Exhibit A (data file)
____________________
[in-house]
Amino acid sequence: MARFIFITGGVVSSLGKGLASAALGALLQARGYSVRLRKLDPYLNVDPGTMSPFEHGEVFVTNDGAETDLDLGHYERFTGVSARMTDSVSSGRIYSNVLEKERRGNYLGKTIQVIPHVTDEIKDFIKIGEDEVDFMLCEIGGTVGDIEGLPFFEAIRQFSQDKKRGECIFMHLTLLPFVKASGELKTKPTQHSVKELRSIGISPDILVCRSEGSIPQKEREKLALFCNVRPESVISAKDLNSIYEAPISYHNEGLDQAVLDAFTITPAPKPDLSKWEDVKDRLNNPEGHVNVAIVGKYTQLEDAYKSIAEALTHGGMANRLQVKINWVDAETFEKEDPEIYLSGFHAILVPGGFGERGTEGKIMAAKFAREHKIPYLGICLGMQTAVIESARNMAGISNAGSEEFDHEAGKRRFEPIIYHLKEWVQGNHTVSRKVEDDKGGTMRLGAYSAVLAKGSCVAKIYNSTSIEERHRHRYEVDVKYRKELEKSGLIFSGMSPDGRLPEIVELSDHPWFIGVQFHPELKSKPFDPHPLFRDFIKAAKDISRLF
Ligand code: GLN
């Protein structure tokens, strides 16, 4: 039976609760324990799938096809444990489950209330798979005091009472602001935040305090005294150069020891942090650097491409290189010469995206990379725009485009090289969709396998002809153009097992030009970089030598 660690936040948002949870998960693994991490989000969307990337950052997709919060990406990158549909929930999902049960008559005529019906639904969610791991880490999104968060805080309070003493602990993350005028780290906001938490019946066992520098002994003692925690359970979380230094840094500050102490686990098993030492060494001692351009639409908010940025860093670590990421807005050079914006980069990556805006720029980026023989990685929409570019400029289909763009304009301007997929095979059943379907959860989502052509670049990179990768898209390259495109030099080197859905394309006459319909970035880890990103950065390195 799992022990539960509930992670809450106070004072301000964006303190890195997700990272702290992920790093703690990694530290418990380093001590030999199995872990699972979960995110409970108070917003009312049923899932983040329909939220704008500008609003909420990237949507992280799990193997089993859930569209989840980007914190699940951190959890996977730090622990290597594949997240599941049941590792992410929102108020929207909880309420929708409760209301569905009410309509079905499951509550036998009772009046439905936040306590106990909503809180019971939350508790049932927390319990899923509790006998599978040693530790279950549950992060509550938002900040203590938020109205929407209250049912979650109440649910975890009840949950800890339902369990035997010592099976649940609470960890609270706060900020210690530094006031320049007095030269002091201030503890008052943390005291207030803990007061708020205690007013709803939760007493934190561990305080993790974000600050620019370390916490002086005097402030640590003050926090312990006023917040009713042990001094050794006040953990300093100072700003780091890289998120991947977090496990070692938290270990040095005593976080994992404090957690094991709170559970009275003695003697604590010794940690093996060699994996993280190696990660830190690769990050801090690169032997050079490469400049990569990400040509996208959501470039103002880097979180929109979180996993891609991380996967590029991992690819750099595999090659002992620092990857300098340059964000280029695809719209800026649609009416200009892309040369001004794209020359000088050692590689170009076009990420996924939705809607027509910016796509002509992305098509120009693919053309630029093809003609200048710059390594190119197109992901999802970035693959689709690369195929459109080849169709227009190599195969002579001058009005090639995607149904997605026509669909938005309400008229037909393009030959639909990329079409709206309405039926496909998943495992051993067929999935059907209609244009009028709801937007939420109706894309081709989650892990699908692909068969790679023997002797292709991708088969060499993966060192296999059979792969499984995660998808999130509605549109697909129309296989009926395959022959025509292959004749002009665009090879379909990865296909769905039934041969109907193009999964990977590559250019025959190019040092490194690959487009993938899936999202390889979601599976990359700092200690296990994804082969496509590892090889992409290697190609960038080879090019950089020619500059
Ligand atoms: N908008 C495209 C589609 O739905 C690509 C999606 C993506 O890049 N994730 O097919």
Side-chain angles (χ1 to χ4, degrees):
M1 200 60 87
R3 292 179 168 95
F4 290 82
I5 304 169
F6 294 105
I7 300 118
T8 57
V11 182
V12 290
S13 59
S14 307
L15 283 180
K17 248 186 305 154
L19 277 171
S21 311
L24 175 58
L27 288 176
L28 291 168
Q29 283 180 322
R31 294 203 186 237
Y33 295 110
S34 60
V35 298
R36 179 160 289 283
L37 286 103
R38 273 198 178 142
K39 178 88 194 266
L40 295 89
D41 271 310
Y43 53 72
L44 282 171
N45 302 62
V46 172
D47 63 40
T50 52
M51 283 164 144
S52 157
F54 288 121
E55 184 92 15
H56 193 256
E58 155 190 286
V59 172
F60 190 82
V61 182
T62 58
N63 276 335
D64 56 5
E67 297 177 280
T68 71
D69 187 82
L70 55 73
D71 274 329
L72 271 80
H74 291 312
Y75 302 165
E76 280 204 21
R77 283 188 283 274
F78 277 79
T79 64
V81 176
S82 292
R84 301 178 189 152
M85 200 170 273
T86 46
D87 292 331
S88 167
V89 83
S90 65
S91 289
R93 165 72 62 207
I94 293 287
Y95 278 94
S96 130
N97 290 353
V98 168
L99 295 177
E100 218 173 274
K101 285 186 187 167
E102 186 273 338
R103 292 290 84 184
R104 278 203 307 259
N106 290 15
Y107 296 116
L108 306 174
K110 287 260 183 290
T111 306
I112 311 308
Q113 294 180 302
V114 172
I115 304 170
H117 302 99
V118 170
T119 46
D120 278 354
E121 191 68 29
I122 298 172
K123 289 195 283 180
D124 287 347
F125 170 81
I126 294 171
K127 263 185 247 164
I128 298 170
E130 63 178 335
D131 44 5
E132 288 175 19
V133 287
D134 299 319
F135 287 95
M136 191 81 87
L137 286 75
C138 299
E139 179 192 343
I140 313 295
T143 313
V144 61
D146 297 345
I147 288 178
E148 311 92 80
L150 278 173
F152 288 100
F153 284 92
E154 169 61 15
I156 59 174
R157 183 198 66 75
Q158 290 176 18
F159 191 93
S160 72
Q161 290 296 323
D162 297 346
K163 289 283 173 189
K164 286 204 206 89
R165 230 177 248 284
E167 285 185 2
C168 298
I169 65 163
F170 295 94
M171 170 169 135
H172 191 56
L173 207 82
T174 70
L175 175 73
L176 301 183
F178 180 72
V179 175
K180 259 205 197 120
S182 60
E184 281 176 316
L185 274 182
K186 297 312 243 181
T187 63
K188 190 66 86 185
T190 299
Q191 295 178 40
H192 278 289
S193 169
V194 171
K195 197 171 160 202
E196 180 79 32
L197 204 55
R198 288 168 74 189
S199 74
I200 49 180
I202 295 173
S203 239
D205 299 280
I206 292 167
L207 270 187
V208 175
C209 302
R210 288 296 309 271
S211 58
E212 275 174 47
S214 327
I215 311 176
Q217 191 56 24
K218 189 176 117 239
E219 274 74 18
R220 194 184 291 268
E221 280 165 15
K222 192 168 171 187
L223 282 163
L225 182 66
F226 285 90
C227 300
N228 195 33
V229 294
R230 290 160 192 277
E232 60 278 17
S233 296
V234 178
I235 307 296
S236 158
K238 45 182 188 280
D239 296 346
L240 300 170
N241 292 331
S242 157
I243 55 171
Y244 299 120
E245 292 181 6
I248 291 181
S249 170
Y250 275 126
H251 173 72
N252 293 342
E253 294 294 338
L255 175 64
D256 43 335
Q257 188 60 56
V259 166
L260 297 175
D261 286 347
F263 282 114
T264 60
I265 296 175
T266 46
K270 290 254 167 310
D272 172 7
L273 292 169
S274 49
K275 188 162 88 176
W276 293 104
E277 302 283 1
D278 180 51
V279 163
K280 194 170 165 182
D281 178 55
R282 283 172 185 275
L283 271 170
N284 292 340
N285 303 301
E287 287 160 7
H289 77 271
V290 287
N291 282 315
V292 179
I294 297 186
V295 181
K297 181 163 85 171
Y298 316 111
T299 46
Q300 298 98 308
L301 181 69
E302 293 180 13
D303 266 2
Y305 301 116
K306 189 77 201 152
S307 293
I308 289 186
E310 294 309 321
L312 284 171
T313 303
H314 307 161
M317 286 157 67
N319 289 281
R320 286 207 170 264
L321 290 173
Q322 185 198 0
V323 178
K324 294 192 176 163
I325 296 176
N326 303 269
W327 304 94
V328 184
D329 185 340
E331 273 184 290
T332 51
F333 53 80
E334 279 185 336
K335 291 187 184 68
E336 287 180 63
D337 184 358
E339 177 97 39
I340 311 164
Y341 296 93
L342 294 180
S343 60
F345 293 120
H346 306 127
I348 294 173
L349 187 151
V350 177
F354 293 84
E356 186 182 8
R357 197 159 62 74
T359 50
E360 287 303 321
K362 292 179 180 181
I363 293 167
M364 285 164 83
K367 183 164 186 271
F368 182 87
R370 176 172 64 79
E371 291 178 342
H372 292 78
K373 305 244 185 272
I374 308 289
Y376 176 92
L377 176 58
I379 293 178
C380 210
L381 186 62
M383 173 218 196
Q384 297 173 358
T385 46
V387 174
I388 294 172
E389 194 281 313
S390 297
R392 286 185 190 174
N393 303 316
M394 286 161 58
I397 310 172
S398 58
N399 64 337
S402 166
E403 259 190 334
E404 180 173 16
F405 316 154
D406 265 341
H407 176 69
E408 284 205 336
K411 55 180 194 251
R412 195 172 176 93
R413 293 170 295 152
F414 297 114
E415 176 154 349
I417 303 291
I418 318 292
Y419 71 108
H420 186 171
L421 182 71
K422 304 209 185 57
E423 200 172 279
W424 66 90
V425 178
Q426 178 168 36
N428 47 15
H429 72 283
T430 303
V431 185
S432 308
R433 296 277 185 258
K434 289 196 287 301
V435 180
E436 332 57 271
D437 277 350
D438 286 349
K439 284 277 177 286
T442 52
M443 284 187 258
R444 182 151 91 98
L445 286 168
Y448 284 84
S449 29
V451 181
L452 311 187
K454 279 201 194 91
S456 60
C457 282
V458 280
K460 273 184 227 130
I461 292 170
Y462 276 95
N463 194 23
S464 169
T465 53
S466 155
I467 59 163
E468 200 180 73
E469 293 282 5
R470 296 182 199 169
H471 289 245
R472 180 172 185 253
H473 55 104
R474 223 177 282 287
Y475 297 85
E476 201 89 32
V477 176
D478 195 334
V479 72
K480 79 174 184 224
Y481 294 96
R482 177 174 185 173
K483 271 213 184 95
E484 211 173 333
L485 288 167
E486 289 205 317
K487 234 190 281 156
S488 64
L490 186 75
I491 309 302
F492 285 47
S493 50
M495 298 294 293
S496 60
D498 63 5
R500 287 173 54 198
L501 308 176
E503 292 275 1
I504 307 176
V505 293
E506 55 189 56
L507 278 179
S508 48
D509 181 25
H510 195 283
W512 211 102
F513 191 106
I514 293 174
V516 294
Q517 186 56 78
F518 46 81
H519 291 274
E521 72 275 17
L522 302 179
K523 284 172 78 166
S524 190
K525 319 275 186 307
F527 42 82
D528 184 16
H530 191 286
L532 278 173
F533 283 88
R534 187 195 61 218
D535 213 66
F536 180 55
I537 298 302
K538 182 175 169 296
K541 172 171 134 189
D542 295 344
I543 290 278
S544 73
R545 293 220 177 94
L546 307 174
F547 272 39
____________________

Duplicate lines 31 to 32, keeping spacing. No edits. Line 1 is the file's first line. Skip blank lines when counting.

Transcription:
L37 286 103
R38 273 198 178 142